Saturday, December 31, 2011

Exits And Museums And Hallways

I started the year vowing to read 100 books, but I was short. Actually, I fell very short, with finishing just 55, but I don't feel too bad. Nowadays, 55 books a year is pretty good, and with all these distractions around me (i.e. The Internet) I think it is still an accomplishment. And I will not give up. For 202, I am making the same challenge to myself, and I know I will make it this time 'round. As 2011 closes, though, here are the last three books.

"Exit Through The Wound," by North Morgan was a little bit of a puzzlement for me, as far as how I reacted to it. It kept my attention, for sure, but at the same time, there was nothing I read that was really original, and it really did not make me think, or ponder. This was written by the blogger better known as "London Preppy" and I read that blog. He  is a gay blogger in London, and I kind of liked reading his entries there because it gave me a glimpse of what gay London was like, since LDN has been an "adopted city" of mine since way back. For better or worse, this book is very different, and while it has touches of brilliance (it took you inside the mind of someone with clinical mental illness) it is so mind-numbingly stylized that it was hard to see anything through the rubble. Morgan idolized Brett Easton Ellis  (he even had his name tattooed on his bicep) and some parts are (for better or worse once again) derivatives of Ellis' works. All in all, it's a more than average read, and I am sure that his next book will be fuller and will have more depth in it. I await it.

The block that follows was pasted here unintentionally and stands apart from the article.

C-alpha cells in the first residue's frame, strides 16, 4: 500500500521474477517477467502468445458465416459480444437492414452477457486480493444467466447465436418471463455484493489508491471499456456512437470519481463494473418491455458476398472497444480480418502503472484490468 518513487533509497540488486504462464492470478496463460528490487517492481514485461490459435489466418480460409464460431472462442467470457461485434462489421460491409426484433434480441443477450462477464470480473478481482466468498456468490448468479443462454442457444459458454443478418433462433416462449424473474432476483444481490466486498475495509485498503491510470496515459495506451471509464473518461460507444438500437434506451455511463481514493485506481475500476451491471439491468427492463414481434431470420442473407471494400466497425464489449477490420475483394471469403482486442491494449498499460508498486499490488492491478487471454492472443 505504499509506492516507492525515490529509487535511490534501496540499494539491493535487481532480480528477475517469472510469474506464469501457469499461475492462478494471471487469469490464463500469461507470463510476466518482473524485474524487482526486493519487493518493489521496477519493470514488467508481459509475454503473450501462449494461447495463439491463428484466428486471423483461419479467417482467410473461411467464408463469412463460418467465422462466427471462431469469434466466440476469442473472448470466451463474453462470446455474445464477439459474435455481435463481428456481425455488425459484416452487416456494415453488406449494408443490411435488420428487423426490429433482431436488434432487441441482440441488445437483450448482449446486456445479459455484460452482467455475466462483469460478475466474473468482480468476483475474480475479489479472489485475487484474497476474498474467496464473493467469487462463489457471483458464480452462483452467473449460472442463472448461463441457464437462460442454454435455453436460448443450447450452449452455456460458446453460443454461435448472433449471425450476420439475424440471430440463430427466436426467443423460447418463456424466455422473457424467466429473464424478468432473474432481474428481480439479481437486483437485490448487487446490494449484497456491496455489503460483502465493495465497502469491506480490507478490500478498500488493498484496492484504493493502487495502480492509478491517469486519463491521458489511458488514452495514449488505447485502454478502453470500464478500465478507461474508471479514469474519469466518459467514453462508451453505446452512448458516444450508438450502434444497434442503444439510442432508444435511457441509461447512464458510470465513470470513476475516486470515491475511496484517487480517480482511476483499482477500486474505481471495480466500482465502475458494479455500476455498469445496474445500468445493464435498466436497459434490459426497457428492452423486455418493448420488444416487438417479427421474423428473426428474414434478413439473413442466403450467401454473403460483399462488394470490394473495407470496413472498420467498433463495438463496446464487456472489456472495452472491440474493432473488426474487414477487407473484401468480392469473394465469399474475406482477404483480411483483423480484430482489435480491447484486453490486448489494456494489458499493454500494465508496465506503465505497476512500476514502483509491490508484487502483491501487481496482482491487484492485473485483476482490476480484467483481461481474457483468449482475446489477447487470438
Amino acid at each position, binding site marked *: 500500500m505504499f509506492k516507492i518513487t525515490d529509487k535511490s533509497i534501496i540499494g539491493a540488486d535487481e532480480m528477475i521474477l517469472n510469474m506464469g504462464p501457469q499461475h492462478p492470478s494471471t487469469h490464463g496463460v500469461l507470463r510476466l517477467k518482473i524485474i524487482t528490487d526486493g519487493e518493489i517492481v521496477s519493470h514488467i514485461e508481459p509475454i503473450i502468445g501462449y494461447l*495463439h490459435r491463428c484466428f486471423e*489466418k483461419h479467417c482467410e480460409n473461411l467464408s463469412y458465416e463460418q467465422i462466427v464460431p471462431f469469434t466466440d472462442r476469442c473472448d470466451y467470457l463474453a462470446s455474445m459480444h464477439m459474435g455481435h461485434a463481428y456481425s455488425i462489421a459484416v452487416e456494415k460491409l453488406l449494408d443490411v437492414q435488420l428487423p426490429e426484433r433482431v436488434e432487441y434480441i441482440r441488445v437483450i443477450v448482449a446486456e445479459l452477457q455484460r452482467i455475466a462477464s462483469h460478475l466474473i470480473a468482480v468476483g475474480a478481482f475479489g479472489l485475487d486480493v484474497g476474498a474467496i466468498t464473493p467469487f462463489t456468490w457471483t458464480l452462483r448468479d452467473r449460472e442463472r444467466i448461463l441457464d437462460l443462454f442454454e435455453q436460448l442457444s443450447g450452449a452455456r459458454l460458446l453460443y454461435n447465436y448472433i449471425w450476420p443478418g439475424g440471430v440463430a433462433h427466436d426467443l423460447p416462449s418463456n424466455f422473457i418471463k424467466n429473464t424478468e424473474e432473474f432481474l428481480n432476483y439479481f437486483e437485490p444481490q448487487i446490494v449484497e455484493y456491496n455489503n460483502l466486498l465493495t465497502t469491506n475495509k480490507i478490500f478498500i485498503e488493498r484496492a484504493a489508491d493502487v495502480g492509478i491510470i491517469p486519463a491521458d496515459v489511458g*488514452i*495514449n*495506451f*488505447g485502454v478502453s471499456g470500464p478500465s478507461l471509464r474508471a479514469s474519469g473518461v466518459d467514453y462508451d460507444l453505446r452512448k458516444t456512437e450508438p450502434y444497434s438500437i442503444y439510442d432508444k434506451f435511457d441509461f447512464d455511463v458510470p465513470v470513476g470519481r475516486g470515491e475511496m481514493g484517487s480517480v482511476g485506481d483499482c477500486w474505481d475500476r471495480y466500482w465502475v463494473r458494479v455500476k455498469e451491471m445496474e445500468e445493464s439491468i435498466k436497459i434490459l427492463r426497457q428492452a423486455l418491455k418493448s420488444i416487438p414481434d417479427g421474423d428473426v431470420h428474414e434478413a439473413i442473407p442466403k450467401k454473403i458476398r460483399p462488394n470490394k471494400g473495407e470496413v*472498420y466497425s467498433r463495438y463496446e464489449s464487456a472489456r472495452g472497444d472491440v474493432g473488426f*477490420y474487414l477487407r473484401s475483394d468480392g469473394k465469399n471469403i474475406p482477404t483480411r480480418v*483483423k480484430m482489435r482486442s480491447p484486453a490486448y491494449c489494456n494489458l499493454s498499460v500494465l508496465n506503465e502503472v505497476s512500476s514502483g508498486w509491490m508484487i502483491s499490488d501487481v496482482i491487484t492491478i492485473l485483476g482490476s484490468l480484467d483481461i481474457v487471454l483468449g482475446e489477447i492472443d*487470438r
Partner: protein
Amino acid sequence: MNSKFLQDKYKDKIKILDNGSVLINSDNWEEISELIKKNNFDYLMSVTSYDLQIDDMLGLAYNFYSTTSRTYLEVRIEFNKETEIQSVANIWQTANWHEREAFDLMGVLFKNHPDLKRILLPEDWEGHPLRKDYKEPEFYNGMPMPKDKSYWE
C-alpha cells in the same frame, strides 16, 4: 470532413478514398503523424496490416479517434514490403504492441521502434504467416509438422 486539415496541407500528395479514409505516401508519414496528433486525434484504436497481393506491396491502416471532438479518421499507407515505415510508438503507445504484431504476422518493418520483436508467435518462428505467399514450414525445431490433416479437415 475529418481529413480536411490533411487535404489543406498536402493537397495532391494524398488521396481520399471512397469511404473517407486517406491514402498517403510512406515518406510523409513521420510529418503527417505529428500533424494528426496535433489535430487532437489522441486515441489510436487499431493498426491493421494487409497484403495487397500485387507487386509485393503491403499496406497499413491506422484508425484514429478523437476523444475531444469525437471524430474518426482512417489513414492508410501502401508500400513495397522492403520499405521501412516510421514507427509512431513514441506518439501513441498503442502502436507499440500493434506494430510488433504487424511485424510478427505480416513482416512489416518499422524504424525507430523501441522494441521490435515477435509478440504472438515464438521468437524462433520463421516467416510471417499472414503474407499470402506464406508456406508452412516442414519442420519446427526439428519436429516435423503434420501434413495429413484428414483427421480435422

I liked the concept of the fictional museum in "Miracle At The Museum Of Broken Hearts," wherein the main character, Rose, starts curating pieces for a museum designed to showcase artifacts pertaining to broken love stories. Unfortunately, that is the most innovative thing in Talli Rolland's Christmas novella. The "Christmas" part of the novella is very incidental as this could have been set at any season and it wouldn't have made any difference. Everything else in the book is by-the-numbers and it provided a very welcome distraction for me during those busy hazy days leading to the Holidays. I would have wanted a little more interaction between the two characters who fell in love before they actually did, but maybe that's just the hopeless romantic in me. 

"Love Is In The Hallways" is the sequel to "Love Is In The Title," which I reviewed here, and we find Luke and Cameron, who fell in love in that first book, getting their love tested in a hostile High School environment. These silly kids, you wanna fall in love, then you need to suffer the consequences. Love hurts, it scars, and for teenagers who are ruthless, these consequences can be very deadly. But RJ Scott, maybe because she is British, writes with such tenderness and dignity that you could only go with the flow with these two souls as they fall in love, and face the odds. This is a very romantic book, 'tis true, but it is also quite chaste and well, a tad unrealistic. But gay teenagers in need of escapism from the real truth can't have a better book to read, ans while we are at it, even adults will find a lot to love about it as well. In these very complicated times, love is still love. 

BC - 53, 54, 55 - and that's a wrap !

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